Screening technology to catch Parkinson’s disease in its earliest stages could be available within three years, following an agreement between Australia’s RMIT University and start-up company Jesse Medical.
The pioneering technology analyses the results of specialised drawing and writing tasks to differentiate between people with and without the condition.
More than 10 million people worldwide are estimated to be living with Parkinson’s disease.
Many treatment options for Parkinson’s are only effective when the condition is caught early but by the time patients show any commonly recognisable symptoms, many nerve cells in the brain have already suffered irreversible damage.
The new tool can spot the disease when there are no obvious symptoms and can also be used to monitor Parkinson’s patients after diagnosis, to better manage their condition.
A research agreement with Jesse Medical gives the Melbourne-based start-up exclusive rights to commercialise the RMIT-developed technology and will enable further patient trials.
Professor Dinesh Kumar said giving doctors and nurses the tools to screen for Parkinson’s would enable patients to receive treatment far earlier than ever before.
“Early detection is critical because we know that by the time someone starts to experience tremors or rigidity, it may already be too late for medication to be effective,” Kumar said.
“It’s long been known that Parkinson’s Disease affects muscle control and habitual activities, so it affects how patients write and draw.
“Our technology translates that insight into a reliable assessment tool.
“The agreement with Jesse Medical is an exciting step in bringing this much-needed technology into the hands of clinicians, to benefit the many people around the world affected by this condition.”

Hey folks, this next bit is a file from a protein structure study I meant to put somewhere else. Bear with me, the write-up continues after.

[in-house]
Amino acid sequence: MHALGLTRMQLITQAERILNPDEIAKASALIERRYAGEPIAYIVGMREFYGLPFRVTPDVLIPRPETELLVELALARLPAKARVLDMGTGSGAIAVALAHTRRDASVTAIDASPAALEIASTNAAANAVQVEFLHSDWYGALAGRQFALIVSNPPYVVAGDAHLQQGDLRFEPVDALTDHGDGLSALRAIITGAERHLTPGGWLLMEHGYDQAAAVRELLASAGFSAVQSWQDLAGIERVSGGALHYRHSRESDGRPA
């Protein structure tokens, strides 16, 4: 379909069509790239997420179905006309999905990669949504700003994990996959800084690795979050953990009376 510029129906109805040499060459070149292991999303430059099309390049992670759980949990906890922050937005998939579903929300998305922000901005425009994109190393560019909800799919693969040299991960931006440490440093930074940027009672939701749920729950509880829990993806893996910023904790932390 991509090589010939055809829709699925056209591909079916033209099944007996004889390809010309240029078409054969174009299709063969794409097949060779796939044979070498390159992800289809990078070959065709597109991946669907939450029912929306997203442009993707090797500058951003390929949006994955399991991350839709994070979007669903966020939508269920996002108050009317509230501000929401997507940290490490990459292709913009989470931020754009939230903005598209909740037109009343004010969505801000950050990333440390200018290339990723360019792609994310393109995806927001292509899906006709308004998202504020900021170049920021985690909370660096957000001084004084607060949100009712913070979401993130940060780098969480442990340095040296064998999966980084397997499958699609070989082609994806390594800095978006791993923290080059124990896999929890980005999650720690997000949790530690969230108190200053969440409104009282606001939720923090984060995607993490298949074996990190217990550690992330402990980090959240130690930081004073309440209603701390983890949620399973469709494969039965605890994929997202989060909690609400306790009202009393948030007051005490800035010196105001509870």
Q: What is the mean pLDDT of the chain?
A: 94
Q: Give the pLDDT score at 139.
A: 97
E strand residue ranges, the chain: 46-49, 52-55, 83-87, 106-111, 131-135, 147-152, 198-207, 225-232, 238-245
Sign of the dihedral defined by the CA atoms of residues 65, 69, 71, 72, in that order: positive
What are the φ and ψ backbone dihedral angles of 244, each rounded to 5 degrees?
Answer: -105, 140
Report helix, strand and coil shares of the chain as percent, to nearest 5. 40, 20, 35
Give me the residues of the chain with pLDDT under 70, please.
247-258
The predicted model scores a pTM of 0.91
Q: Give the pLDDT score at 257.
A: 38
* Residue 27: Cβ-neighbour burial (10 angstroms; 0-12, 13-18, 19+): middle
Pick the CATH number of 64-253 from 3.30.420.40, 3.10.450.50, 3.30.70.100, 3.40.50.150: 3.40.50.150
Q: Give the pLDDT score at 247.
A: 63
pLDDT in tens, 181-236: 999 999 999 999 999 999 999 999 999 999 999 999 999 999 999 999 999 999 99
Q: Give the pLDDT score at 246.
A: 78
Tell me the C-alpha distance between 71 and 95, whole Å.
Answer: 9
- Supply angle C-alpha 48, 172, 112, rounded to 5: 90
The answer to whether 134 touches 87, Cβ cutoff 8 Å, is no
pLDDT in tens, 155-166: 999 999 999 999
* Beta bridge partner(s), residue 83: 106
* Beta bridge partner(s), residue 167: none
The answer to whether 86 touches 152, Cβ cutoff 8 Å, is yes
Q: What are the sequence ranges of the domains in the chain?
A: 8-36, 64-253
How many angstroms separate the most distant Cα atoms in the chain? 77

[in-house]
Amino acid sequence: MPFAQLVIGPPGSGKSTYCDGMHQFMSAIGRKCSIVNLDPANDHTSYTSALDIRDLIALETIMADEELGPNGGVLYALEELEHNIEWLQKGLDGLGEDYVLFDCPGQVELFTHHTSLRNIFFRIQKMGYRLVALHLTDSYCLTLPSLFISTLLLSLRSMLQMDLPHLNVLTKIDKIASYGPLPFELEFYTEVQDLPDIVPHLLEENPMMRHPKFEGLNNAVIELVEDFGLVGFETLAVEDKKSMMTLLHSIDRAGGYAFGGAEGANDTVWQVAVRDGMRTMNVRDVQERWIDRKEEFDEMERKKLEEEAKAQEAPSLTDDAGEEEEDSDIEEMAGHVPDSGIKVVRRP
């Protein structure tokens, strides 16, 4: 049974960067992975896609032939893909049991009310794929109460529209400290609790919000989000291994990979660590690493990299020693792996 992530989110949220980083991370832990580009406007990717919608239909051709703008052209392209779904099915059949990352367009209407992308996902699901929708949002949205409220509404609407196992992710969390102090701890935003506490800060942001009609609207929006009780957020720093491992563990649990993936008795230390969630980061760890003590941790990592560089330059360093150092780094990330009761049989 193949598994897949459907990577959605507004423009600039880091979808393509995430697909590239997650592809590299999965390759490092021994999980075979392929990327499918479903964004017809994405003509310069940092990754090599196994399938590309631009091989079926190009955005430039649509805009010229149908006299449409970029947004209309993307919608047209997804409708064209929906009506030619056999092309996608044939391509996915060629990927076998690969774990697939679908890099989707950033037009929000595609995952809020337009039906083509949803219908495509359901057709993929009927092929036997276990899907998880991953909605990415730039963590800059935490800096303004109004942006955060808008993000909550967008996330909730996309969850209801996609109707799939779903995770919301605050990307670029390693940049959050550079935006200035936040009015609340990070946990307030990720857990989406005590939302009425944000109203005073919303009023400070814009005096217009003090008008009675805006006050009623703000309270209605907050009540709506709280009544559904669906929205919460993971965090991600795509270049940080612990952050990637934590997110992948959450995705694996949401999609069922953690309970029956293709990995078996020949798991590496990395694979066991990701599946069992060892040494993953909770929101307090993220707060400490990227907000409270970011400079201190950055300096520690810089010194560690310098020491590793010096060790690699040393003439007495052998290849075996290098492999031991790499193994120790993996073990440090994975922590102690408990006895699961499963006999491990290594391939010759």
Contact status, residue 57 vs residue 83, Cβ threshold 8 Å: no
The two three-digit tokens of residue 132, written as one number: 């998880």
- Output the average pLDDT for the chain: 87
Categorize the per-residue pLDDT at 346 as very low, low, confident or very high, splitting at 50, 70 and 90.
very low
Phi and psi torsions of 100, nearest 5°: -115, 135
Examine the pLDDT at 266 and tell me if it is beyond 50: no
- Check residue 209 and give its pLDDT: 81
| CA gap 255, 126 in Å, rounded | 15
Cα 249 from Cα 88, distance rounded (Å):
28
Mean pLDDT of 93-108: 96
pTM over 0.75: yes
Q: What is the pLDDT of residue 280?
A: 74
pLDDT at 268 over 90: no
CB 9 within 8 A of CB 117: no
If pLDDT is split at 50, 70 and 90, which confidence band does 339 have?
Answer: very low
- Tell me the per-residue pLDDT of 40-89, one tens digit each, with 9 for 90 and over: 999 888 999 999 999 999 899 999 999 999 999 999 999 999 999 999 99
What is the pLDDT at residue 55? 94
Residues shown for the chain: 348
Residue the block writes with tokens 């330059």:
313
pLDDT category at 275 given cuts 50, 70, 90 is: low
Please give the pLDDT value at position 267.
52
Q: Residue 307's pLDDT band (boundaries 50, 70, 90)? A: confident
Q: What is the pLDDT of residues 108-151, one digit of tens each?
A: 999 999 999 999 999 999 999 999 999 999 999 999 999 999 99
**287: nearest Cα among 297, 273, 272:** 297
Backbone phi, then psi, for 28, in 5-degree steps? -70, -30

Focus on dexterity: how the screening tech works
The screening test involves the completion of seven dexterity tasks on a drawing tablet, including simple writing, writing with memory load and drawing a spiral by joining dots.
The test is able to create a patient-specific baseline for the different aspects of complex Parkinson’s symptoms.
The data are transmitted over the cloud and customised software records the results of the tasks and analyses them in real time.
The software is readily compatible with existing technologies, so the only equipment needed to run the screening test is a pen, paper and drawing tablet.
Successful trials demonstrating the efficacy of the screening test have been published in the Journal of Biomedical and Health Informatics, Journal of Neurology and Frontiers in Neurology.
The research team has refined an earlier version of the technology, which had an accuracy rate of 93%, to take into account the effects of medication on the disease. This means it can also now be used for monitoring the effectiveness of treatment and the severity of the condition.
The new technology is also able to provide more details to clinicians regarding patient symptoms.
“Parkinson’s is a complex multi-symptom disease, with individual patients exhibiting any number of these symptoms,” Kumar said.
“The standard multi-modal physical tests carried out by clinicians to monitor its progress inherently carry a level of subjectivity.
“Our technology is completely objective and it’s highly sensitive for both improvements and deterioration in dexterity.
“As our population ages, the number of people living with Parkinson’s is expected to increase dramatically, so knowing more precisely how the disease is progressing and understanding the effect of different treatments will be crucial in helping them manage their condition.”
The technology was developed by the RMIT biomedical engineering research team in the School of Engineering, which specialises in e-health and affordable diagnostic technologies.
Further patient trials are set to start in Australia and China in mid- 2020, with the technology expected to be commercially available by 2022.